Hard day with a terrible two? Glass of wine, please.

Stressful day at work? Chocolate, please.

Big win at soccer? Beer and nachos for everyone!

For some reason, the peaks and valleys in life have food associations for many of us. Lalitha Taylor, the national spokesperson for Dietitians of Canada, says these types of behaviours around food are learned very early in life (Thanks Mom and Dad! I’m kidding, of course).

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Taylor says parents can set their kids up for a healthy relationship with food by avoiding certain habits.

“When we start to use food for other purposes other than nourishment, it can teach our children to associate food with certain behaviours,” she said. “So for example, if I do good at something – whether it be cleaning off my plate of food at suppertime, whether it be potty training or maybe getting good grades – I associate that with getting ice cream or something else. Also, maybe if I’m feeling sad or upset or disappointed about something, I deserve chocolate! And so as kids, when we start to associate certain behaviours with getting certain things, we start to feel that food can make us happy and that food can also be a reward for being good.”

Taylor says this moves children away from intuitive eating, or eating when they’re hungry. It also sets them up to want to eat emotionally.

READ MORE: Canadian kids bombarded with more than 25M junk food and drink ads online every year

Aston University psychology researchers studied different feeding practices of parents with children aged three to five to explore the influence of using food as a reward. They followed up two years later.

“The results showed that children were much more likely to emotionally eat at ages five to seven if their parents had reported using more food as a reward and were overtly controlling with foods when the children were younger,” the university concluded in a 2016 news release.

Taylor recommends replacing food rewards with other treats: stickers, a trip to the zoo or Monopoly money that can be turned in for a toy.

I’m going to try it in our house although I think the transition will be hardest for the adults!

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South Okanagan General Hospital emergency department to close for 14 hours this weekend

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Interior Health (IH) announced Thursday that the emergency department at South Okanagan General Hospital in Oliver will be closed for 14 hours from Friday evening to Saturday morning.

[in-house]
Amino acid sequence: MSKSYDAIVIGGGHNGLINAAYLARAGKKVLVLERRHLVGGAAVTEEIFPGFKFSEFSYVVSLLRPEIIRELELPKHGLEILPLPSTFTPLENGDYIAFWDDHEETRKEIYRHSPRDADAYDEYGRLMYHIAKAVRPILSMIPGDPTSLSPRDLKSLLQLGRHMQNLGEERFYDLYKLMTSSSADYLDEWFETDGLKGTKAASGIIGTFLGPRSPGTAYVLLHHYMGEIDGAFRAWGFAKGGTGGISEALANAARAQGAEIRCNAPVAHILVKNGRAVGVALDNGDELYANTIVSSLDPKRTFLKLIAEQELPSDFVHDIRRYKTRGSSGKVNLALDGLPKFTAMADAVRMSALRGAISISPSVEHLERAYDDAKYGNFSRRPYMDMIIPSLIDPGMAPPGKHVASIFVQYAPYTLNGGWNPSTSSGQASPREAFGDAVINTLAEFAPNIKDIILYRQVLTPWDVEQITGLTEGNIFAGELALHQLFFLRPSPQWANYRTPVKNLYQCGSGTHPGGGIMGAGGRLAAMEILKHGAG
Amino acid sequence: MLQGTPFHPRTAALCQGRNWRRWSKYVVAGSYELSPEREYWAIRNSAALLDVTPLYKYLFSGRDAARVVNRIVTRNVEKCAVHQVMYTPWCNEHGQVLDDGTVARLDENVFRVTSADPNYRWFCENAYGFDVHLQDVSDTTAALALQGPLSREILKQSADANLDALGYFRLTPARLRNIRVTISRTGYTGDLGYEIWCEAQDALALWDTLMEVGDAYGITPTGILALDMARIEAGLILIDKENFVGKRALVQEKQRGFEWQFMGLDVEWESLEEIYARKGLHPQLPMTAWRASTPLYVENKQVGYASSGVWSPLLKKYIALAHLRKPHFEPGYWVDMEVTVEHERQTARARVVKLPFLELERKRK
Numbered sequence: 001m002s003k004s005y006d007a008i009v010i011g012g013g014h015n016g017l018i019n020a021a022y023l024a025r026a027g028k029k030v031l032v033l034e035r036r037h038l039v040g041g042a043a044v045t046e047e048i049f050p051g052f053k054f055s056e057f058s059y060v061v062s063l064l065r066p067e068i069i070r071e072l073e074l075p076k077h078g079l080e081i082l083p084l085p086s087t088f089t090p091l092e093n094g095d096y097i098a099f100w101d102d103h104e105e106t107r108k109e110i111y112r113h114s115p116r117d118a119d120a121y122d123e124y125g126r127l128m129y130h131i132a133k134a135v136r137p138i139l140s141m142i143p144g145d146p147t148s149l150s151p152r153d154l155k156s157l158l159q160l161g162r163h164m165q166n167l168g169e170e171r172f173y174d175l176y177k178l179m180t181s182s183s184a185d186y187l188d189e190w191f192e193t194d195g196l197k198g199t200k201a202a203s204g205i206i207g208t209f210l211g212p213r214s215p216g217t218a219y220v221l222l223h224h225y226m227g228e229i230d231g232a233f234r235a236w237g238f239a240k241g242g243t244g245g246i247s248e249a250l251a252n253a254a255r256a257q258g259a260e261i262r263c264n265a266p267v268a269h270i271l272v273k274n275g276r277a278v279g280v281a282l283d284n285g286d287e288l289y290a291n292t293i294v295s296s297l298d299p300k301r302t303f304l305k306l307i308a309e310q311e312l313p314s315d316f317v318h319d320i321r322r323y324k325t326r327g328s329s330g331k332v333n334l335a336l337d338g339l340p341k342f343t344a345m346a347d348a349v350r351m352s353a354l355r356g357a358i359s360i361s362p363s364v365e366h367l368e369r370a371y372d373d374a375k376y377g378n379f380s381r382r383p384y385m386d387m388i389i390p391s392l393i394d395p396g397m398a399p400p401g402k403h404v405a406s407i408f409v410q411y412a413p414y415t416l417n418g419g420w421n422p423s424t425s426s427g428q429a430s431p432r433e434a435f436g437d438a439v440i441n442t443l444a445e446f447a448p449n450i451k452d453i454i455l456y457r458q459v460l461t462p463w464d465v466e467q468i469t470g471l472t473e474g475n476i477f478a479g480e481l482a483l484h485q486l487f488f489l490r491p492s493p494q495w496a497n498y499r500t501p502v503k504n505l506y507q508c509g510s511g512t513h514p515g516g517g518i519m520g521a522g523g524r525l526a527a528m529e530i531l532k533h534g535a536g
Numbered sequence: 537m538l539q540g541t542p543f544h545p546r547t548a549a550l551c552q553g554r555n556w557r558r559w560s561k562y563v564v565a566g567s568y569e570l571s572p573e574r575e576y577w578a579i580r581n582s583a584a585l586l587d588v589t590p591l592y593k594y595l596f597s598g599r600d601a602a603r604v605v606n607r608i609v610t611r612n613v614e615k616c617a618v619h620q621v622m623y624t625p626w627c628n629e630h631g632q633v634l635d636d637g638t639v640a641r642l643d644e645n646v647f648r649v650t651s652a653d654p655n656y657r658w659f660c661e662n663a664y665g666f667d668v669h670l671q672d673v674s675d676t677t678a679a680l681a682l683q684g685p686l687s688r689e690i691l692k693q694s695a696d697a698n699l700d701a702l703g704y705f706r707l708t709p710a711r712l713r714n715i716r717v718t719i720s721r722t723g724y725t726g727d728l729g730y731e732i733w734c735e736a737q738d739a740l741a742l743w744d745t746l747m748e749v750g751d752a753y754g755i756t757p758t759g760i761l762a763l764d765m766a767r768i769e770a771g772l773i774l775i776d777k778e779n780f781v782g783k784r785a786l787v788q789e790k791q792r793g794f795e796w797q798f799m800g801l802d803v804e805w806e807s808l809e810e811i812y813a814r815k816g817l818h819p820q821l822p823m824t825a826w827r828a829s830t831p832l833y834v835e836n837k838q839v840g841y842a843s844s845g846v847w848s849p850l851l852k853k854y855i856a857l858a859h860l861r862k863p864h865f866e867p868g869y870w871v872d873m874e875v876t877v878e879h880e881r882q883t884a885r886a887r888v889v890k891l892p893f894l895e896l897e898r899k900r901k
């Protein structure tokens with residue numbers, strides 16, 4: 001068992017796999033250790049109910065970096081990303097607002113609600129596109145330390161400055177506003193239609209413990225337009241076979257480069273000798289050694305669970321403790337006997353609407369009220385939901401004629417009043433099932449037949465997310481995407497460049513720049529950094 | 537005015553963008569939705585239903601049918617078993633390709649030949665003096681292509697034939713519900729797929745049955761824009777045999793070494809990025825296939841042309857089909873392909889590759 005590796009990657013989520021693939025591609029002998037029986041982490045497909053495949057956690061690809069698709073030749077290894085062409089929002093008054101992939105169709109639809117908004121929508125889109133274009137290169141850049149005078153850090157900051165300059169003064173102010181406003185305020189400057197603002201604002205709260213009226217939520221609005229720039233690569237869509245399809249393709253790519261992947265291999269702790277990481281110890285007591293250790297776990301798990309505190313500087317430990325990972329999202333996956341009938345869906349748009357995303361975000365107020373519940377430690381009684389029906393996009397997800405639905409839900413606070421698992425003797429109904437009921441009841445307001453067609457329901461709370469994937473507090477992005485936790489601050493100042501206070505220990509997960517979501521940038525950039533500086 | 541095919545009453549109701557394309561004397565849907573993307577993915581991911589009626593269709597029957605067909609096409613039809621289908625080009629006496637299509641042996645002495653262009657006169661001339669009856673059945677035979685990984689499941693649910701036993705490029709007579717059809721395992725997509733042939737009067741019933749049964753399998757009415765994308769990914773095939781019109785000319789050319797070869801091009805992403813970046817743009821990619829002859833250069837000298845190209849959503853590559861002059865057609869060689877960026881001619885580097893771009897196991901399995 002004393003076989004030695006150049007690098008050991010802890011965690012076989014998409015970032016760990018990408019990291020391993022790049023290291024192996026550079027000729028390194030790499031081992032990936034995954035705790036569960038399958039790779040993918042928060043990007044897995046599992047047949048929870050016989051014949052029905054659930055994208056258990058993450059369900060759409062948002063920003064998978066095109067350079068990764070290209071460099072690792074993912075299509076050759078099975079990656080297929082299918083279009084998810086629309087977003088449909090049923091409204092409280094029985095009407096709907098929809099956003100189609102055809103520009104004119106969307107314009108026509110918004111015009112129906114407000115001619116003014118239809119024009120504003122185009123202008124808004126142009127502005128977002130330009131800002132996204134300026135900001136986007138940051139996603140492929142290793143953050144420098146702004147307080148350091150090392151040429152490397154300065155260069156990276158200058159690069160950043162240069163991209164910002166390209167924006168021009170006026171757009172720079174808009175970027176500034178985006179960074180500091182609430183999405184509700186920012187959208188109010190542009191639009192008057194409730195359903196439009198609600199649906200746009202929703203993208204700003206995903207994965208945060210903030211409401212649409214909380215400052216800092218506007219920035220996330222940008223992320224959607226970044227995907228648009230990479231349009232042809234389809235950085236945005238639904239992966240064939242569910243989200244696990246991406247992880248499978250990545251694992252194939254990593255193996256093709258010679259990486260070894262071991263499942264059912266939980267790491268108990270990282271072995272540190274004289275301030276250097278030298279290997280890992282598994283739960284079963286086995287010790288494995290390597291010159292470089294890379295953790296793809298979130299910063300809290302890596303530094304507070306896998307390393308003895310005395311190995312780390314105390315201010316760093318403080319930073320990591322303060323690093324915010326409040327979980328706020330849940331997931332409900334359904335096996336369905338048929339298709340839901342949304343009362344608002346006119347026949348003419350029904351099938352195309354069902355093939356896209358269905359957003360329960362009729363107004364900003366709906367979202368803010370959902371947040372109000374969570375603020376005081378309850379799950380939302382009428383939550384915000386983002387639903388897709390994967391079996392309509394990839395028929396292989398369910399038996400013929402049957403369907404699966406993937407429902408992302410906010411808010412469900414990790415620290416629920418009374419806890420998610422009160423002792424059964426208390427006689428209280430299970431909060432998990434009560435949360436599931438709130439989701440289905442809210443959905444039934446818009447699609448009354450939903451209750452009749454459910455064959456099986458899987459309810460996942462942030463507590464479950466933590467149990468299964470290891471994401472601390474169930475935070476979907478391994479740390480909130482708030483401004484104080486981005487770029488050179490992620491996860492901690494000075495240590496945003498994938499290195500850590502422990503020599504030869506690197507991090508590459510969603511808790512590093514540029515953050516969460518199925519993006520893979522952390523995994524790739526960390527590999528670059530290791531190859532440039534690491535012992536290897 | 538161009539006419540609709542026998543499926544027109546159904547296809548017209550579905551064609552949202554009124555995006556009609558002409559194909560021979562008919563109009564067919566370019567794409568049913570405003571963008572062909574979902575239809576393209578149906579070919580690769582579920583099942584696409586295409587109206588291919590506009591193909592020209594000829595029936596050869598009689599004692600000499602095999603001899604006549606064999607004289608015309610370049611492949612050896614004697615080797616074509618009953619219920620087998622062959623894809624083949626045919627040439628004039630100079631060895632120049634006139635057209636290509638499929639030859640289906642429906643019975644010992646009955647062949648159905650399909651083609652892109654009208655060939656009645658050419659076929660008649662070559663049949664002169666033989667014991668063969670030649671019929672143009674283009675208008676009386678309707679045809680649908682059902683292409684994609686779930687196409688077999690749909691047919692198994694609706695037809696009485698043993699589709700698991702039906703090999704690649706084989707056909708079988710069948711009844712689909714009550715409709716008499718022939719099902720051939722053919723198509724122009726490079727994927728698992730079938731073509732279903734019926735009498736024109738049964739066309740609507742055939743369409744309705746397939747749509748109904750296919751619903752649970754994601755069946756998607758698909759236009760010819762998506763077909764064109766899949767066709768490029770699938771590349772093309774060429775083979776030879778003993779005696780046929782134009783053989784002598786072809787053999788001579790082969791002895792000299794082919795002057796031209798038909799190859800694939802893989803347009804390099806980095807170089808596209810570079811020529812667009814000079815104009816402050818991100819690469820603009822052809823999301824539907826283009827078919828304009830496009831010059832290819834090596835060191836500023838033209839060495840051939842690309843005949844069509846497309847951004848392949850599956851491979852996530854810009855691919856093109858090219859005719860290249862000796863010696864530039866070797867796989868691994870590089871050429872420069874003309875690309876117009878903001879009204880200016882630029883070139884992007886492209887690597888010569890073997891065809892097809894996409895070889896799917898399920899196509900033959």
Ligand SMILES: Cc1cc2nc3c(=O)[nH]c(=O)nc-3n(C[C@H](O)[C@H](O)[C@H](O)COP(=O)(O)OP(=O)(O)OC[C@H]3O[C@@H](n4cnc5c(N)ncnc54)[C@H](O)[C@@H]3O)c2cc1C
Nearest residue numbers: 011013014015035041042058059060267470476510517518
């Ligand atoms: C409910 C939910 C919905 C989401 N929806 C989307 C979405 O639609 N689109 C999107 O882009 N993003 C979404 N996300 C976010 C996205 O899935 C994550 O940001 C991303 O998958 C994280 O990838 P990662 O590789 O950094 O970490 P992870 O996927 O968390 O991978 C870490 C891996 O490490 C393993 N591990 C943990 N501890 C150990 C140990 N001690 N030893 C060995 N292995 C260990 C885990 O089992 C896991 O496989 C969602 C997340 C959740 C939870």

The health authority is blaming the closure on “limited physician availability.”

READ MORE:
Staffing shortages plague Oliver Hospital ER

The mayor of Oliver said he is not happy to hear about the closure.

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“We’ve met with the doctors. We’ve met with IH. I know our MLA is working on this as well as we speak. I know they are working for a workable solution. They were very apologetic but they just have nobody to cover for tomorrow night. There is really not much that we can do about it other than hope that things go well,” said Ron Hovanes.

“We continually stress that for our coverage area, where we have 18,000 plus citizens between Oliver and Osoyoos and the rural areas it is critical that our emergency department stay open. That’s the strong message we continue to give.”

During the closure from 6:00 p.m. Friday to 8:00 a.m. Saturday, those who would normally go to the South Okanagan General Hospital emergency department are being told to access emergency services at the Penticton Regional Hospital instead.

READ MORE:
Last minute reprieve saves Oliver ER from weekend closure

This isn’t the first time Oliver has faced an emergency department closure. The health authority thought it would have to shut down the department for two periods in early June.

However, those closures were avoided at the last minute when doctors were found to cover those shifts.

The health authority has said it is “committed on having a long-term solution to this issued around physician and emergency room physician coverage.”

– with files from Shelby Thom

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Concerns raised about overweight trucks on Saskatchewan’s roads

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Overweight vehicles thundering down Saskatchewan’s roads are causing millions in damage each year, and there’s concern the government isn’t doing enough to stop it.